Super Tuesday

Life, particularly politics, is full of irony. While we are prosletizing democracy around the world, our system for picking candidates to run for the presidency certainly deviates from strict adherence to that standard. The Republicans adopted an electoral-like system, where the winner in each state gets all its delegates. This system has no guaranty that the most popular candidate will receive the nomination. It is easy to imagine someone carrying a few big states, getting generally drubbed but receiving the nomination with the largest number of delegates. The strength of this system though is that the nominee will be strong in the states with the most electoral votes and that of course really is the key factor in getting elected. (Remember Bush lost the popular vote to Gore.)

The Democrats chose proportional allocation of delegates within each state. This is more likely than the Republican model to assure that the most popular candidate will be chosen. The Democrats, however, wildly detour from the democratic standard by giving the party elite the power to appoint the nominee in a reasonably close contest. With forty percent of the delegates being “super delegates,” who are free to vote for anyone they choose, at least theoretically these super delegates could appoint any nominee with 16% of the delegates determined by vote. While such unanimity among the super delegates is unlikely, if a few percentage points separate Obama and Clinton, the winner to a certainty will be determined by the party elite.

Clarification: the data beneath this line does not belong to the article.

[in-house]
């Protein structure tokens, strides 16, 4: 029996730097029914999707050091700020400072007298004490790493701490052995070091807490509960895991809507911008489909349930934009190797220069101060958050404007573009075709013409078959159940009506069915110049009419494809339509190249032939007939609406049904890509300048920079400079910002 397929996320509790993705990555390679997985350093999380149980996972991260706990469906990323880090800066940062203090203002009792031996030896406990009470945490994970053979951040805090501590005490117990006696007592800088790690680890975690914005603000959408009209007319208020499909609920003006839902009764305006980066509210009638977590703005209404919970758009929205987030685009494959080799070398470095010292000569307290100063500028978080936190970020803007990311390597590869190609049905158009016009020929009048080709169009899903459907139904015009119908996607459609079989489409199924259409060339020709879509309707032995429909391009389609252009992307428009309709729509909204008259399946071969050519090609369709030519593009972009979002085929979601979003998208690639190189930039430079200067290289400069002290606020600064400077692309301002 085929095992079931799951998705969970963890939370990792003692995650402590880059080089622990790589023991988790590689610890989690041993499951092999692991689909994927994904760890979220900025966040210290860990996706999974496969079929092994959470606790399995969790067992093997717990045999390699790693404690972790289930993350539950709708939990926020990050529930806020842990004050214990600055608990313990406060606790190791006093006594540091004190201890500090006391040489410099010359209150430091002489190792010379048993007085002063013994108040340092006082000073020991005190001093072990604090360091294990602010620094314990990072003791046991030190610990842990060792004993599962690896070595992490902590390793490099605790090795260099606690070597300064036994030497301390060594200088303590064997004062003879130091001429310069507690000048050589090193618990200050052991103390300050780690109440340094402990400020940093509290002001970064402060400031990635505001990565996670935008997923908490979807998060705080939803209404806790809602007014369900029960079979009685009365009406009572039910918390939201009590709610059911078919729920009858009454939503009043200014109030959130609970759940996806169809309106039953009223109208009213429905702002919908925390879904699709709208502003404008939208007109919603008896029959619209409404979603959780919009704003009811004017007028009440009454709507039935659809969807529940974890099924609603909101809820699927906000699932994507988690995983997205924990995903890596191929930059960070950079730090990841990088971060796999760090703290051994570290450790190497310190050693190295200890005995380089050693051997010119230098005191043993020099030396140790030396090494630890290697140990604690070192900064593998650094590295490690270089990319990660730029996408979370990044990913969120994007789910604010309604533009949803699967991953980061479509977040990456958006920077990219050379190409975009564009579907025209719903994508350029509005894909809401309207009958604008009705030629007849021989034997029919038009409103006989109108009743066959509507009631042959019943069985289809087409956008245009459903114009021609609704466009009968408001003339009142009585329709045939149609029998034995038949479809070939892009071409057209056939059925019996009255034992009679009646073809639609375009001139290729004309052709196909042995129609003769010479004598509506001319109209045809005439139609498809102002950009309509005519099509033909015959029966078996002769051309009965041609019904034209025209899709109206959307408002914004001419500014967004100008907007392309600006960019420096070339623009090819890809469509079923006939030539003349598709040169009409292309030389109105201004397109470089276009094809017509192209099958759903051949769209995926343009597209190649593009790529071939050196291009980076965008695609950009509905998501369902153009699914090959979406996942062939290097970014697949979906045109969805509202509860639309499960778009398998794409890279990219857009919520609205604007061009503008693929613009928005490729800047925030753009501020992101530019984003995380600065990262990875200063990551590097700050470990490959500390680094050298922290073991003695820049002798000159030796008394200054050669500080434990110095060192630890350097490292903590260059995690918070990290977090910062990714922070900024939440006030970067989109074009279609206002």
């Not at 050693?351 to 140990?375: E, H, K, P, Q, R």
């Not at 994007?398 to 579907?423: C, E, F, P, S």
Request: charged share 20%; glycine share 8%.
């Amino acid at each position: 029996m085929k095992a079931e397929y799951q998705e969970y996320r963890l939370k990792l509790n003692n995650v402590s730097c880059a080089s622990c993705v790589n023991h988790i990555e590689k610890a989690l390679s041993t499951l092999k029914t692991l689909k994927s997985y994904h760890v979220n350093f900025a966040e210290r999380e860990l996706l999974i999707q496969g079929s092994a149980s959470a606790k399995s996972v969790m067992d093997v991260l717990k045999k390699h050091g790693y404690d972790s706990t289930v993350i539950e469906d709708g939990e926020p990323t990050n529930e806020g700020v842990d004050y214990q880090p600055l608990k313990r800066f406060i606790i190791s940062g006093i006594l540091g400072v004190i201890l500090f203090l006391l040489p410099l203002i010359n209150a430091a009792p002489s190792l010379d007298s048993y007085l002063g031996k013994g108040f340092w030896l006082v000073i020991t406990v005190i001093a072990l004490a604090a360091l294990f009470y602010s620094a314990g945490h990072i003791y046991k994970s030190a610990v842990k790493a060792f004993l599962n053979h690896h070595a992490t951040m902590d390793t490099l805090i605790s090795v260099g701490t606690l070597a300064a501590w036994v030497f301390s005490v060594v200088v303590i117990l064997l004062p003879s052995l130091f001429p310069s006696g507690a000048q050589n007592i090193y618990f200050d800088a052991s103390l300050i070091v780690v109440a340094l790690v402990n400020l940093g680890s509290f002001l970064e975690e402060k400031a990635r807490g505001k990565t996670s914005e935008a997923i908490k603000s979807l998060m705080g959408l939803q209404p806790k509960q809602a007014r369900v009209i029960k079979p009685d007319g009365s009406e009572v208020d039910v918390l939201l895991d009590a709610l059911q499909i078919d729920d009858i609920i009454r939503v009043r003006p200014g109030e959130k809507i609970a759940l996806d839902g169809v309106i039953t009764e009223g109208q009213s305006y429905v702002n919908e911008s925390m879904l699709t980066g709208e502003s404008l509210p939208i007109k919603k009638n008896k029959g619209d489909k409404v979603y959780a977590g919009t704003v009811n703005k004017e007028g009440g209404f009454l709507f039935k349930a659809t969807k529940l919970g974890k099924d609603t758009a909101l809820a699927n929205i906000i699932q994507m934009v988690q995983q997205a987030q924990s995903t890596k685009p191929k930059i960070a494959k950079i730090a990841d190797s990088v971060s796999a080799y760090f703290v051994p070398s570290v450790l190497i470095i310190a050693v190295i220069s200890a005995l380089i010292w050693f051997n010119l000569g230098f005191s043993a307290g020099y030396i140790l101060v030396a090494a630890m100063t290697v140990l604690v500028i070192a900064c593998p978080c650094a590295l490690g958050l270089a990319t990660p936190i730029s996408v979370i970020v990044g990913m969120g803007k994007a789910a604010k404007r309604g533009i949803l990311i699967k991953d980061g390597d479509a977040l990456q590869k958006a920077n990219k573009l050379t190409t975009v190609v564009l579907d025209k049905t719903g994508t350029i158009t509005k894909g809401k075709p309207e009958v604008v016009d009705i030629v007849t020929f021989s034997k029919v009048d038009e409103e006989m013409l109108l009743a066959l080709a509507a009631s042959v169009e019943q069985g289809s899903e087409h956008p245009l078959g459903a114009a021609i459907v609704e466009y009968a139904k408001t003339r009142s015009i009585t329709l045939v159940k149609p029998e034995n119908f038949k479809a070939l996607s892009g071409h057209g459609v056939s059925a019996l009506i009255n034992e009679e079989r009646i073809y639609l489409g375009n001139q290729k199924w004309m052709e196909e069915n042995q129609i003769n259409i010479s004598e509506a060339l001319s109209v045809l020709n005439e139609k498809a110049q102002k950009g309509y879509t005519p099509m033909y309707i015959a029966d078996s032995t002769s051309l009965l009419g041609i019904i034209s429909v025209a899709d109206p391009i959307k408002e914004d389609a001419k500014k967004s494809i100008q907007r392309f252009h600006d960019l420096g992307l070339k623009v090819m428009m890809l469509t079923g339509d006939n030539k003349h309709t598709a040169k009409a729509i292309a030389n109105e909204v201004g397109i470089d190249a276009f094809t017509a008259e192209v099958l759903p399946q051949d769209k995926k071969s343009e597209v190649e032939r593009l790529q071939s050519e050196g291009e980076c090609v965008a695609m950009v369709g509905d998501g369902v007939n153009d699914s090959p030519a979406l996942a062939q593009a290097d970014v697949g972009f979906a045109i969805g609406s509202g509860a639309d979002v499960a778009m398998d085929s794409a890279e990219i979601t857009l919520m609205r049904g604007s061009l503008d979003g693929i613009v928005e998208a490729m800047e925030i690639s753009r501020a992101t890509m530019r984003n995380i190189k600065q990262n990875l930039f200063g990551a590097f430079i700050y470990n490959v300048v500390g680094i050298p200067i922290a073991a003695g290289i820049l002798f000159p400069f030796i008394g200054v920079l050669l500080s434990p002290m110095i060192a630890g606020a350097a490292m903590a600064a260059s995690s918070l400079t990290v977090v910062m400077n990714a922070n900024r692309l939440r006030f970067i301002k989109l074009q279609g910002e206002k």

The super delegates include Democratic governors, members of Congress, former presidents and congressional leaders and everyone in the Democratic National Committee. This substantial centralization of power within the party is certainly undemocratic and it seems to me that it is potentially very devisive. Going into Super Tuesday, Obama had won more delegates through the primaries than Clinton, but she had more commitments from the super delegates, giving her a very early appreciable lead. If Clinton gets the nomination after losing the primaries, it is hard to imagine that there will not be some backlash within the party. The Democratic Party’s system appears to strongly favor people who are entrenched within the system and disfavor “outsiders,” such as Obama.

If you are a Republican your vote unquestionably counts more than that of your Democratic counterpart, about 67% more than a Democratic vote.

A number of the candidates for nomination dropped out before Super Tuesday. I would guess that one reason is that much of the campaigning in the Super Tuesday states must be done through the media, as there is not enough time for a candidate to go to them all. This gives an enormous advantage to people with money. The only way to counteract that is for a less well financed candidate to get a lot of media attention from the campaign. Before he dropped out Edwards complained that he was not getting enough media attention. Huckabee, who relatively speaking has received a lot of media attention, stayed in. There have been proposals which to varying degrees resolve these problems, but after the national election there seems to be little interest in addressing them.


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